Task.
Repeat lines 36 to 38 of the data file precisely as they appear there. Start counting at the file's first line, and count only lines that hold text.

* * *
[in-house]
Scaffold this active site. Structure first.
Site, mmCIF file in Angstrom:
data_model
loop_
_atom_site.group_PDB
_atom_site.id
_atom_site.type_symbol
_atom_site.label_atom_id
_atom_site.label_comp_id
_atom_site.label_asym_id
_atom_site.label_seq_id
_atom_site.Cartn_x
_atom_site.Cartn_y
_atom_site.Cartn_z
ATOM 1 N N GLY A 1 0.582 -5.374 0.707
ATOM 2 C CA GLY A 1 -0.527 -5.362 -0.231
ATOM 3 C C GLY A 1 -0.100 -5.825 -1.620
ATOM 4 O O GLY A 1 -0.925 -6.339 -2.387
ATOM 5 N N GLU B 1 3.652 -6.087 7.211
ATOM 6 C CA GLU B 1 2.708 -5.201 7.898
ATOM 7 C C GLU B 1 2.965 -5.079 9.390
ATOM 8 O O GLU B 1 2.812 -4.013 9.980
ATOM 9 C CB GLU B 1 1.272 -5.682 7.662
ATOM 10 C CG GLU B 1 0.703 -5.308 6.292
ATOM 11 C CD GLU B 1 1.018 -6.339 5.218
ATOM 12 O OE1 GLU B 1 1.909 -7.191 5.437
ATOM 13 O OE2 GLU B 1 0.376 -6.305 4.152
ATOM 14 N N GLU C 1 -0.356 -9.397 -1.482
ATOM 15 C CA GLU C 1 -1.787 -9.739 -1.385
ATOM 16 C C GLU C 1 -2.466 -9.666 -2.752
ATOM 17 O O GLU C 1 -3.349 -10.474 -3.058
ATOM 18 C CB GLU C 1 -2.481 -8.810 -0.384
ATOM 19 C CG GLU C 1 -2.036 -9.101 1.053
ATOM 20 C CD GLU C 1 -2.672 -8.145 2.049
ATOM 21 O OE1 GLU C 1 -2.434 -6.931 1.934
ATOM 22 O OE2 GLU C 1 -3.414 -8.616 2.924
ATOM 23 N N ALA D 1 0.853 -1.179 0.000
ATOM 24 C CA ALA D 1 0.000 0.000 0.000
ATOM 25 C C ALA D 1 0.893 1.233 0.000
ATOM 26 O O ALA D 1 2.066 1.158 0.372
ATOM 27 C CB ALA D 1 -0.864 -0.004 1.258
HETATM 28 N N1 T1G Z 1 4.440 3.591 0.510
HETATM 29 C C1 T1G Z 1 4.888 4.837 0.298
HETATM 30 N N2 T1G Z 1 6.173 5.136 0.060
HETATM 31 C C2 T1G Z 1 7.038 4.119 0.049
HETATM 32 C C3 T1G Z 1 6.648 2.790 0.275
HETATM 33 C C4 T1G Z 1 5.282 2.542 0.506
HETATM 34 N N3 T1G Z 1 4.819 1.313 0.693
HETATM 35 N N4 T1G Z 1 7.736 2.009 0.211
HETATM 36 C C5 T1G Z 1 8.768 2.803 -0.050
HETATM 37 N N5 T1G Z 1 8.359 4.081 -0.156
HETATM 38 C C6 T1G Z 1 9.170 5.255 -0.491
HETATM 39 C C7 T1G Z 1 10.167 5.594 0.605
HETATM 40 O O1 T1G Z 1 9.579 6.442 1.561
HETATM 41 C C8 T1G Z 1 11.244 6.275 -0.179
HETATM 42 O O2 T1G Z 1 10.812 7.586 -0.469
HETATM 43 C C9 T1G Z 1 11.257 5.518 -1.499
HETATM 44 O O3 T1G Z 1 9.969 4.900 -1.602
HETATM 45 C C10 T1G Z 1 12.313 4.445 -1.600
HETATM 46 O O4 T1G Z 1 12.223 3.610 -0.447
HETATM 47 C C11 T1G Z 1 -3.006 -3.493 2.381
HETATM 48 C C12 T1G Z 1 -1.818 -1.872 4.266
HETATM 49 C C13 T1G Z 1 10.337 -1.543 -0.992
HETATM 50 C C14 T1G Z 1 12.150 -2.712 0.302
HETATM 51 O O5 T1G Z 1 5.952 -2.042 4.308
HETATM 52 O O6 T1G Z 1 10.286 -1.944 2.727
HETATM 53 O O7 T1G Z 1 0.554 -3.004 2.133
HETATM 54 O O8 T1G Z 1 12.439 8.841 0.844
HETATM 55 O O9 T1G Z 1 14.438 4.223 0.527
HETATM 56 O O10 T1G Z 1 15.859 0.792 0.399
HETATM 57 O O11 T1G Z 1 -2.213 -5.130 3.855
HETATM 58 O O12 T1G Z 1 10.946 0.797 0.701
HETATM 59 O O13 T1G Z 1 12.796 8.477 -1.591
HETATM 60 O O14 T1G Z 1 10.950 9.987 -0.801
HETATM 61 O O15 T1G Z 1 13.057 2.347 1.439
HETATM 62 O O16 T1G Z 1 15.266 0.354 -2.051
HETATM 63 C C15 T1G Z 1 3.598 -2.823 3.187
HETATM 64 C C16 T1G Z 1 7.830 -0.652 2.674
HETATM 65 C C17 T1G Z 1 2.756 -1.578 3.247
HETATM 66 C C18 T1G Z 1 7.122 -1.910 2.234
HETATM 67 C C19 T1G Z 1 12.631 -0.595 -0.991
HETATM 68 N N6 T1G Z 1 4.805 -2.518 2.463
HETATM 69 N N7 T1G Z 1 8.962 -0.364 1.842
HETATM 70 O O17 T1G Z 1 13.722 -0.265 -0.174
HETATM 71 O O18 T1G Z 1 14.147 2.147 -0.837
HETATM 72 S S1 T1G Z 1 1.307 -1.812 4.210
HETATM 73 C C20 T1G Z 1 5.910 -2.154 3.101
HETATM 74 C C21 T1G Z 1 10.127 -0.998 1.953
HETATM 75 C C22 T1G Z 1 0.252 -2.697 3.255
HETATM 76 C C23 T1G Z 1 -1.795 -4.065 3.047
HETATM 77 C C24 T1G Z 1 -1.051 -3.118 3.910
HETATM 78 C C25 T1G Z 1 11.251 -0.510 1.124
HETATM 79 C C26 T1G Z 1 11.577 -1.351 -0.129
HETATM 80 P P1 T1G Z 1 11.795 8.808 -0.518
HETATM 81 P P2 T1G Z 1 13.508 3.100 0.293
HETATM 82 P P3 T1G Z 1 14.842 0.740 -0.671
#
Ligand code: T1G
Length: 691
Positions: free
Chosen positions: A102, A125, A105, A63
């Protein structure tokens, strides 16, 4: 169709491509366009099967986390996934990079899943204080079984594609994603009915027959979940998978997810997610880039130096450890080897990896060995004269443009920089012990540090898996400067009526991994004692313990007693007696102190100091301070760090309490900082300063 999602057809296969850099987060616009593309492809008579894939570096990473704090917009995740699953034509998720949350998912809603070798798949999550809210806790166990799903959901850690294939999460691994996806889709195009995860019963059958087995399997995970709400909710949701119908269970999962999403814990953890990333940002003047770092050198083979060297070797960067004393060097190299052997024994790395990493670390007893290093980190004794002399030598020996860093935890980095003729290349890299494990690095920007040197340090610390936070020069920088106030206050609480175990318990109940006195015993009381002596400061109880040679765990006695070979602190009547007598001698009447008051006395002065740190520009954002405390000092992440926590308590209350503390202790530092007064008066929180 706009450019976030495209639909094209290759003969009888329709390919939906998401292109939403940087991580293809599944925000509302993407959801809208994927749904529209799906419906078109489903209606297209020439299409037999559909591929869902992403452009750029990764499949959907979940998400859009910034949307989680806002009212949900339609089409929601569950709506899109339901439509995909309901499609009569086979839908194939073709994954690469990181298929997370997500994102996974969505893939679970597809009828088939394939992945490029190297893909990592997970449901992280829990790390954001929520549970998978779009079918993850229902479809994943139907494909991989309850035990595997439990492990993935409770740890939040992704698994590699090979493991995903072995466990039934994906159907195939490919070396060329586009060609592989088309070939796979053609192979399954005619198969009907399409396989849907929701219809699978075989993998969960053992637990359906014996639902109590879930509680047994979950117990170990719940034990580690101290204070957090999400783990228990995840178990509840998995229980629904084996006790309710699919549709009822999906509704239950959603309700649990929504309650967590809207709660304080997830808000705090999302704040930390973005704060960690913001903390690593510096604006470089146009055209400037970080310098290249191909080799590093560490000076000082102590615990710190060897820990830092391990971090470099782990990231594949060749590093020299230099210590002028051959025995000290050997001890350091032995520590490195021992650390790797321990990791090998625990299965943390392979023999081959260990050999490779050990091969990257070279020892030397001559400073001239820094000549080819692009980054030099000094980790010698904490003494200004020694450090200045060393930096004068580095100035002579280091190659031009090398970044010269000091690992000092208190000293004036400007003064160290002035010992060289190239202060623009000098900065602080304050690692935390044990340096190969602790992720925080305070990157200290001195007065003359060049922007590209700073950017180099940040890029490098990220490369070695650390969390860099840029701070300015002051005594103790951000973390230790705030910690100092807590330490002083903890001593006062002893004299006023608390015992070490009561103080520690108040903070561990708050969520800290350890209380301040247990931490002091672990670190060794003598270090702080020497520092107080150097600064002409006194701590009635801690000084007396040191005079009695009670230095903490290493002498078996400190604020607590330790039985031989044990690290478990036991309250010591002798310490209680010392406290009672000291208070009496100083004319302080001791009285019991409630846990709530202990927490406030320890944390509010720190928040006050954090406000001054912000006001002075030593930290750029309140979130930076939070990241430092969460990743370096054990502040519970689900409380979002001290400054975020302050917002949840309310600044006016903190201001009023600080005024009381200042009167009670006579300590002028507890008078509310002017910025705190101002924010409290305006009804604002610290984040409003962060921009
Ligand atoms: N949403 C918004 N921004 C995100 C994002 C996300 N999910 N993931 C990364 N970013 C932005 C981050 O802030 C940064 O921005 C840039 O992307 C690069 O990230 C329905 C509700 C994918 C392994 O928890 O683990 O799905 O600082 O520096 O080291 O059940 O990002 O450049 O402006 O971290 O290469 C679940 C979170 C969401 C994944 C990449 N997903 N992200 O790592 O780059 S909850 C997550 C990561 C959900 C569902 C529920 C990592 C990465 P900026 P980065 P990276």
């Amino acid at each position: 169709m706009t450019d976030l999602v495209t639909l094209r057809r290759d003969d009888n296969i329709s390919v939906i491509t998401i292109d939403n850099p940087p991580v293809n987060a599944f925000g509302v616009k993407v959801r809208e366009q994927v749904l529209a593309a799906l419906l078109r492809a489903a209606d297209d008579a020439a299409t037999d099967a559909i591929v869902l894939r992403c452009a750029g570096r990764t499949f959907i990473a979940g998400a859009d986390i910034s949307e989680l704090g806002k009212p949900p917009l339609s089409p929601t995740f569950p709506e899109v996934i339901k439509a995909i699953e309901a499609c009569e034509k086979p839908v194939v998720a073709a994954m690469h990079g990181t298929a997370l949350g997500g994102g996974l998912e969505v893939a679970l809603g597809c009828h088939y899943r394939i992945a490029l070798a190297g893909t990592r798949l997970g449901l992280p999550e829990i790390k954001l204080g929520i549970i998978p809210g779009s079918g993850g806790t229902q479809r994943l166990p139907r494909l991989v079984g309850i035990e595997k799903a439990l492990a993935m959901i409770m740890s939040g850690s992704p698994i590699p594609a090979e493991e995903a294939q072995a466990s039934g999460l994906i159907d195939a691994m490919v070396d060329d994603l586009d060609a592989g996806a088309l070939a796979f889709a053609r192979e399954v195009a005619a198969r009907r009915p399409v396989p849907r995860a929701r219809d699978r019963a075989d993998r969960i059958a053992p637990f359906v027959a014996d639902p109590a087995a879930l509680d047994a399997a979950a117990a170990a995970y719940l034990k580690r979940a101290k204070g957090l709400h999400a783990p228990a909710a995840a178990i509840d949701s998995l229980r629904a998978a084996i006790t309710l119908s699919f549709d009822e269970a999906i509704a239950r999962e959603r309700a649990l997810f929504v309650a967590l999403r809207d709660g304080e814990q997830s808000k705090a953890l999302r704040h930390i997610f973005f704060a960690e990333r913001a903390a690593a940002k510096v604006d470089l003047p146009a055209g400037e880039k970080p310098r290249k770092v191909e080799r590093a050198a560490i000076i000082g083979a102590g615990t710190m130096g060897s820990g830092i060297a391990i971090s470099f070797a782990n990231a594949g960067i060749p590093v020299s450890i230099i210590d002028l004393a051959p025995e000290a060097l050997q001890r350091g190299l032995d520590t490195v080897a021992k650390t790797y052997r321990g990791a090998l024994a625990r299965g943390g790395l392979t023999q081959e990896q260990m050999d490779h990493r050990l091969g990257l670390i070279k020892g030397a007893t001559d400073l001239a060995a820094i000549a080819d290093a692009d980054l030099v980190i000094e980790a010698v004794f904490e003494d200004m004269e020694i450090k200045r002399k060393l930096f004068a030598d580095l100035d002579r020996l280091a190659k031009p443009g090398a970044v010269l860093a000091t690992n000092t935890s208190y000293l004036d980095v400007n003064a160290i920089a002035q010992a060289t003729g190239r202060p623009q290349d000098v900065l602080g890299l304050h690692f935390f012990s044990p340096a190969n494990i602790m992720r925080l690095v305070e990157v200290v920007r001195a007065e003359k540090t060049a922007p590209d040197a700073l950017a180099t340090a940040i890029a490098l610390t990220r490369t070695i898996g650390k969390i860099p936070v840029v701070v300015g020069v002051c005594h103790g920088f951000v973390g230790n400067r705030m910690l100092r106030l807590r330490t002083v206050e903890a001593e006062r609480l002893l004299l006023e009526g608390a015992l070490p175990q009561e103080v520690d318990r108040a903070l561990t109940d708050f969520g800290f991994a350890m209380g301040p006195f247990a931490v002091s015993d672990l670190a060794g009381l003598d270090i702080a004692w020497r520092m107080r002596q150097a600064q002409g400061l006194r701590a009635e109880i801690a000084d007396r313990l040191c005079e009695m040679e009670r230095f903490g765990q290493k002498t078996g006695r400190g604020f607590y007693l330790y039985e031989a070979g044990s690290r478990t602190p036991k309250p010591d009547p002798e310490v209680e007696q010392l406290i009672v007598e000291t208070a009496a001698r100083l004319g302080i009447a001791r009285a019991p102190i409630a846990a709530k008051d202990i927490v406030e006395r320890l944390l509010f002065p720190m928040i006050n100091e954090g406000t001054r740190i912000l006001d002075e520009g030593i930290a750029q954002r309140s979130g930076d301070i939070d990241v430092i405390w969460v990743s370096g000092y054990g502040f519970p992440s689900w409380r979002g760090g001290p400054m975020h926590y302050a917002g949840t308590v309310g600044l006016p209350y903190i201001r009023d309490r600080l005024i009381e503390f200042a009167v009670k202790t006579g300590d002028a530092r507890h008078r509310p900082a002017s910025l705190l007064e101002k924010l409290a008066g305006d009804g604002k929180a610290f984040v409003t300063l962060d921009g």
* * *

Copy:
ATOM 21 O OE1 GLU C 1 -2.434 -6.931 1.934
ATOM 22 O OE2 GLU C 1 -3.414 -8.616 2.924
ATOM 23 N N ALA D 1 0.853 -1.179 0.000